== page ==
CEN10LA002
CEN10LA002

On October 3, 2009, at 1547 central daylight time, a Piper J3C-65, N70585, sustained substantial damage when it impacted terrain after a loss of engine power after takeoff from a grass airfield in Rosemount, Minnesota. The pilot received minor injuries and the front seat passenger received serious injuries. The 14 Code of Federal Regulations Part 91 personal flight was departing from Jensen Airfield, a private grass airstrip, on a local flight. Visual meteorological conditions prevailed and no flight plan was filed.

The pilot reported that there was a fly-in at the private airstrip and he decided to take a friend for a flight “around the patch.” After he preflighted the airplane, he started the engine and waited for about 10 minutes for the oil temperature to rise. He taxied out and did a run-up prior to departure. During takeoff, he added power slowly to full power, got the tail up, and slowly rotated. He reported that the airplane "felt slow." He tried to land, but he was too fast and there was “not enough room.” He pulled the carburetor heat on, but the engine lost partial power and the airplane “started to sink.” He banked to the left to avoid trees. He reported losing altitude, and then the airplane experienced a “stall spin to the left.” The airplane impacted a mature corn field. The pilot shut off the airplane’s magnetos and fuel, and exited the airplane with the passenger.

A Federal Aviation Administration airworthiness inspector examined the airplane. The inspection revealed that the magnetos and fuel selector were turned off. The fuel tank was ruptured. The primer was in and locked. The carburetor heat was out (on). The propeller was bent aft. The airplane was equipped with a seat belt and shoulder harness for the rear seat. The front seat was equipped with a seat belt, but no shoulder harness, although there was a hard attachment point for a shoulder harness. The flight controls exhibited cable continuity to the ailerons, elevator, and rudder.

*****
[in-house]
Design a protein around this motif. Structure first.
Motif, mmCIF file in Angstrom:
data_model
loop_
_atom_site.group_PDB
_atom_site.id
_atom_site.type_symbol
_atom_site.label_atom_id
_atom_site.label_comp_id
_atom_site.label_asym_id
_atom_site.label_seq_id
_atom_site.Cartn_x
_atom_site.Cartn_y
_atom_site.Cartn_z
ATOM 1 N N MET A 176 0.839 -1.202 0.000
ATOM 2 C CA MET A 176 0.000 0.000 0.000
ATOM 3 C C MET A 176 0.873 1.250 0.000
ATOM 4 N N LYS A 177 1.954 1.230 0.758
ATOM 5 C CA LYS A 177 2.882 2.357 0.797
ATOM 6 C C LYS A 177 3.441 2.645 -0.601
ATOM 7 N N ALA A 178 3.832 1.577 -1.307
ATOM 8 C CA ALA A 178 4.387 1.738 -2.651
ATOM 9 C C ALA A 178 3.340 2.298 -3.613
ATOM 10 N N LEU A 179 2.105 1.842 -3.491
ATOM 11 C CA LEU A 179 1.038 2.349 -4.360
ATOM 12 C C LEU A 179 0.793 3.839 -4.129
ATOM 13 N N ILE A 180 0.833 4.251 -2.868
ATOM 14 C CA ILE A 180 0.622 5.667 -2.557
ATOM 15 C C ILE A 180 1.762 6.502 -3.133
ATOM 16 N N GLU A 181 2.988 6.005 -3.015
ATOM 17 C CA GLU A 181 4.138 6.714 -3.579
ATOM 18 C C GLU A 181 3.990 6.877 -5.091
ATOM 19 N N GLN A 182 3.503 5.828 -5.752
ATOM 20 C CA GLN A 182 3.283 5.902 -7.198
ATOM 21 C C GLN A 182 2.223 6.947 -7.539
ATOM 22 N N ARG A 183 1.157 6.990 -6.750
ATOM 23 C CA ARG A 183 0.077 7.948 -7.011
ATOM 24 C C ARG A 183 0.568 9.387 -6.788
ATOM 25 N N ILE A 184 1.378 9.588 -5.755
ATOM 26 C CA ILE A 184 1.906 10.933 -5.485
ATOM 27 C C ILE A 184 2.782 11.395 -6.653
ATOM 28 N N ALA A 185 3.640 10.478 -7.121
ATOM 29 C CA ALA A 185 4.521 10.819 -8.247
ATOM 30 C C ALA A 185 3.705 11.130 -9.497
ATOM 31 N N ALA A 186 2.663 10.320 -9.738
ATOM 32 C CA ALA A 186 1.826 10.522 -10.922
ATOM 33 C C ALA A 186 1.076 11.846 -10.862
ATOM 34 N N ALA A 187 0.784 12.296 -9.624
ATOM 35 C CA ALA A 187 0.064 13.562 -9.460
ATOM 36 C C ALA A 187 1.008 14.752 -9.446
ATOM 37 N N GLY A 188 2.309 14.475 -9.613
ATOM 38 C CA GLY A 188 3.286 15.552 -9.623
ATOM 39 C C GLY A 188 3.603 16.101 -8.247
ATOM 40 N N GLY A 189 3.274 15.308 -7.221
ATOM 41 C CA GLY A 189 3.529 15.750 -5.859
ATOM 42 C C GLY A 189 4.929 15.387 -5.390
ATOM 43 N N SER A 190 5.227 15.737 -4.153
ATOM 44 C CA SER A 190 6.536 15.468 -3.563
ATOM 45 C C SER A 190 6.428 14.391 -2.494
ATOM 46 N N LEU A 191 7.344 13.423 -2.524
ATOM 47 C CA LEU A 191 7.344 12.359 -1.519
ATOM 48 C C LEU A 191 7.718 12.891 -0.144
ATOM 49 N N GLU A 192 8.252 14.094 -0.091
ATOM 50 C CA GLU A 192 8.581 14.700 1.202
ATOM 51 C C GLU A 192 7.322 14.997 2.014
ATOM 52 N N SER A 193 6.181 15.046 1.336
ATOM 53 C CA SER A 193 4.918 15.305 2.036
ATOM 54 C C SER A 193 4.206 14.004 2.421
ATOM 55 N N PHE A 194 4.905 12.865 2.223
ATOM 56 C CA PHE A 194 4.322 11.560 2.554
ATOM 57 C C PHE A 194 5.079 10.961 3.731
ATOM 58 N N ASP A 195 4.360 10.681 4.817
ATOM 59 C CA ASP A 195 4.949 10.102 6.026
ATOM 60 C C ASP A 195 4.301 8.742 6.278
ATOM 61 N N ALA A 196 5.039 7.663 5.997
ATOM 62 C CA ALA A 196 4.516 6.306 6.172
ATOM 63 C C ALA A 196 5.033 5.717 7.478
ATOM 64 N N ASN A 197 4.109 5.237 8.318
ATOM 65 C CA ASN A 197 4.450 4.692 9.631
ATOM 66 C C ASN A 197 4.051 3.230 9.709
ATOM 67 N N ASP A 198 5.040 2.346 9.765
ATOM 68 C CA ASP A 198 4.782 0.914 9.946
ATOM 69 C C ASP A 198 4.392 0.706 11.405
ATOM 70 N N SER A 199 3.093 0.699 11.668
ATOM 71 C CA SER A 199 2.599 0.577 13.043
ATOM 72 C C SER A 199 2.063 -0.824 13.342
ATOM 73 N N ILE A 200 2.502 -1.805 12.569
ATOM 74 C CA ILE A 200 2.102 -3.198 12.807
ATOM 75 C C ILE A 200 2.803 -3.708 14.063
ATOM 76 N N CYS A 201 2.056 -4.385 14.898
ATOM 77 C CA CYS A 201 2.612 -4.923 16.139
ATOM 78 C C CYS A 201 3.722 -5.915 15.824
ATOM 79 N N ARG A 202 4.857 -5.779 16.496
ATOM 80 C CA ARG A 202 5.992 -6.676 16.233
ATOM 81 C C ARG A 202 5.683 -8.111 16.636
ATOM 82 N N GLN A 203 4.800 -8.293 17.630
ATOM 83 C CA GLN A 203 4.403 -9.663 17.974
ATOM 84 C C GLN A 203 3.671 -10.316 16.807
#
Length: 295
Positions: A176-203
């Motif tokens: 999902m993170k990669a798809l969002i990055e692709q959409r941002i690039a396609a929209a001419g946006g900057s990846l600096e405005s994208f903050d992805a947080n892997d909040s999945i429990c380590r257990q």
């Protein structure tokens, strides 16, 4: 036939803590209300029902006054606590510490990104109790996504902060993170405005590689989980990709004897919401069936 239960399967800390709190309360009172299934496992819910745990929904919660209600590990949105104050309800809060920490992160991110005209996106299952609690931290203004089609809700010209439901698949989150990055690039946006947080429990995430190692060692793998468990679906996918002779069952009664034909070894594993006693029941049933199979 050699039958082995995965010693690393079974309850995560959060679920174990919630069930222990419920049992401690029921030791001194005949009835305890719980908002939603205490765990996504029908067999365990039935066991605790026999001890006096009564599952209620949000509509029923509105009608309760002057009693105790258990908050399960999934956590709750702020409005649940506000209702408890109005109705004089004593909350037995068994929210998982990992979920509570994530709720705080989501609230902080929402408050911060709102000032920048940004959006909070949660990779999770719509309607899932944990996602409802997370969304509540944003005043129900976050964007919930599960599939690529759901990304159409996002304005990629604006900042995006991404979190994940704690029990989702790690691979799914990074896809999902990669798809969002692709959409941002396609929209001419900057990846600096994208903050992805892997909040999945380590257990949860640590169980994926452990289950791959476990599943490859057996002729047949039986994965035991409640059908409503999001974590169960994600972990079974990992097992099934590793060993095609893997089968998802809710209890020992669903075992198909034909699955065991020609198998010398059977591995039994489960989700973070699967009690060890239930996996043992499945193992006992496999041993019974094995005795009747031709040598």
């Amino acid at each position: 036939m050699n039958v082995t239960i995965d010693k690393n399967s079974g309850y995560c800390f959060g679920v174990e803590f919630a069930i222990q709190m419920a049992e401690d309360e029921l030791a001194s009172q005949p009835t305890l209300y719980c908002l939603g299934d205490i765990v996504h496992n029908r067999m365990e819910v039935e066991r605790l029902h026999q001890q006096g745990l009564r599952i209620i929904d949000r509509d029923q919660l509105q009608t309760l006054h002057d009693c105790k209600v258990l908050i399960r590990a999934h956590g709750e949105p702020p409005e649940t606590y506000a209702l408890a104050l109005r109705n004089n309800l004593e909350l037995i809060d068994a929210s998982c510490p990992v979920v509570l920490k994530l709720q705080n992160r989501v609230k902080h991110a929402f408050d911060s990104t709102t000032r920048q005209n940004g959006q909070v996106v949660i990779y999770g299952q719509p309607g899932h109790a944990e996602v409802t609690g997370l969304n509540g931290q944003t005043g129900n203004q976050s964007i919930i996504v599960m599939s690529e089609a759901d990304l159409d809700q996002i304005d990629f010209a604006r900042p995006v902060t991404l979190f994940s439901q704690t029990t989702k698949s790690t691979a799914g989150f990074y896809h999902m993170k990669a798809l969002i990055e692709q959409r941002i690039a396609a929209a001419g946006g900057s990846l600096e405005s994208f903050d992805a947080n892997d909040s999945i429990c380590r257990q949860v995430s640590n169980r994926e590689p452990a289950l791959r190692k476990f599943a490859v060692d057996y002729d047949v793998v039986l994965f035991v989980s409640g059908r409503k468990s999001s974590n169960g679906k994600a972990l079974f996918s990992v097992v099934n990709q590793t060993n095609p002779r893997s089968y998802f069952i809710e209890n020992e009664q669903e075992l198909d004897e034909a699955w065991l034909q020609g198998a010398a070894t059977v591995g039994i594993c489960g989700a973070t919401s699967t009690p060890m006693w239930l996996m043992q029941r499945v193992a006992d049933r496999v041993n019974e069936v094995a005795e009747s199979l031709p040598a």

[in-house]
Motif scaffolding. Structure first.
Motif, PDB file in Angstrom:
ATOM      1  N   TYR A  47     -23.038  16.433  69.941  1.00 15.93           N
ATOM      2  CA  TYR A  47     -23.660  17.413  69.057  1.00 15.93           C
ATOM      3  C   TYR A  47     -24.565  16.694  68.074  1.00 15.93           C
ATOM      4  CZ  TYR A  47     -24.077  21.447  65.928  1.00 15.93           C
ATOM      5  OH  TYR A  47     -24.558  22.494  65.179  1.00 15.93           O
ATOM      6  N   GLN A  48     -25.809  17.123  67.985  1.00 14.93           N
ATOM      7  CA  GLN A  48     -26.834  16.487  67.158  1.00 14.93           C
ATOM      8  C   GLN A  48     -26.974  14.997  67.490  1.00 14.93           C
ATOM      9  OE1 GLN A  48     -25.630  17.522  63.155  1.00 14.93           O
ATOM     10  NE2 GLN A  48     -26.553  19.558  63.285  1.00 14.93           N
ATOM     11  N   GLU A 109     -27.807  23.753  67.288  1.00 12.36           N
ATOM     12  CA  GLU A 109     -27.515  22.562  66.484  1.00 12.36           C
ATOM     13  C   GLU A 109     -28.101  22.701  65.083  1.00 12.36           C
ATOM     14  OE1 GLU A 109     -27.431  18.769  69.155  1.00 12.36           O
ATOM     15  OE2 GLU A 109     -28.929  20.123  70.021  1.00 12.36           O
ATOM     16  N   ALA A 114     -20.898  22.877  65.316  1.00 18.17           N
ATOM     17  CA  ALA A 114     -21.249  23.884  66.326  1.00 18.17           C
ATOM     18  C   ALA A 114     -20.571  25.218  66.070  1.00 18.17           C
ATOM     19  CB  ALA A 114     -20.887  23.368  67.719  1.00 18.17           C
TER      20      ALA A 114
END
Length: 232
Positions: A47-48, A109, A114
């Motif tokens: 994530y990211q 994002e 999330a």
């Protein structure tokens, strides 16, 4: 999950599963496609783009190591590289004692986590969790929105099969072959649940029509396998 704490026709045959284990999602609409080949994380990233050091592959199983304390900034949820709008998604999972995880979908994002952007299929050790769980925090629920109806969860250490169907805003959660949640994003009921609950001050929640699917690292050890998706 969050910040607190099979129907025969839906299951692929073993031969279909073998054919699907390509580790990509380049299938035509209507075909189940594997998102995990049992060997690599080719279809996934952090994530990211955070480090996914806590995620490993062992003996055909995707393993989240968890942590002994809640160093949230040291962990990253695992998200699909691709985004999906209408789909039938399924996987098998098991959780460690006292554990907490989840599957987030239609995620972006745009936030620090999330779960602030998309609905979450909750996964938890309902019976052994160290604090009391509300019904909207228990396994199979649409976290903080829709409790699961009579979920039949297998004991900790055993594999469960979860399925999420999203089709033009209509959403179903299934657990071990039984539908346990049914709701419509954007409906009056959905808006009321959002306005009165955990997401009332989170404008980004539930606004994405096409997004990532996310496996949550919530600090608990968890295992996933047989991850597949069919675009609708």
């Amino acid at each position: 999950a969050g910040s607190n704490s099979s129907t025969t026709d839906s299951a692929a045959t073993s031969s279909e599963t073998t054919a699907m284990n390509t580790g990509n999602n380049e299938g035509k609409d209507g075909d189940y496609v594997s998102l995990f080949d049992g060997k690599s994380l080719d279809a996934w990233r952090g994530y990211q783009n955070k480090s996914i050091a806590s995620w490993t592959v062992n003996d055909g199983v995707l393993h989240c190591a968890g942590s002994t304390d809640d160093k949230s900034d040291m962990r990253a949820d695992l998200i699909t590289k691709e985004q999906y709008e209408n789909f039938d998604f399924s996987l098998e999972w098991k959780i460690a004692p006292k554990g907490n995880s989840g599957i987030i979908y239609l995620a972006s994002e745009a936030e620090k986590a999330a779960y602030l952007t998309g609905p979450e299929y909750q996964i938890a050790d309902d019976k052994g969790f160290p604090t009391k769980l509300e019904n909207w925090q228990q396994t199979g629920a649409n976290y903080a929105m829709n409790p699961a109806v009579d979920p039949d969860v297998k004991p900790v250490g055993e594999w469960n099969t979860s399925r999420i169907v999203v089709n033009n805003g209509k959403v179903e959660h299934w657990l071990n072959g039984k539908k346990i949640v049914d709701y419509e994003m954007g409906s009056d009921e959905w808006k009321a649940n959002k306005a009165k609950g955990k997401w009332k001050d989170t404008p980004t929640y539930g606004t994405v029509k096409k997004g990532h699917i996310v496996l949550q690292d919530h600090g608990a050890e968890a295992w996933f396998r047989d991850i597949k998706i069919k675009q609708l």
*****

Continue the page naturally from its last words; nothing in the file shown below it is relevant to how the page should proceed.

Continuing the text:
The inspection of the 65-horsepower Continental A-65-8 engine revealed that the carburetor was broken in half, top to bottom. The carburetor air box was crushed from impact forces. The spark plugs were clean and clear. The left and right magnetos produced spark. The engine was rotated and it exhibited continuity in the drive train, and there was compression on all four cylinders.

At 1553, the observed weather at the Minneapolis-St Paul International Airport (MSP), located about 12 miles northwest of the accident site, was: Wind 320 degrees at 7 knots, visibility 10 miles, few clouds at 2,100 feet, broken ceiling at 3,400 feet, temperature 11 degrees Celsius (C), dew point 6 degrees C, altimeter 29.81 inches of Mercury.

The Transport Canada Carburetor Icing chart indicated that “Serious Icing – Any Power” conditions existed with a temperature of 11 degrees C and a temperature dew point of 6 degrees C.

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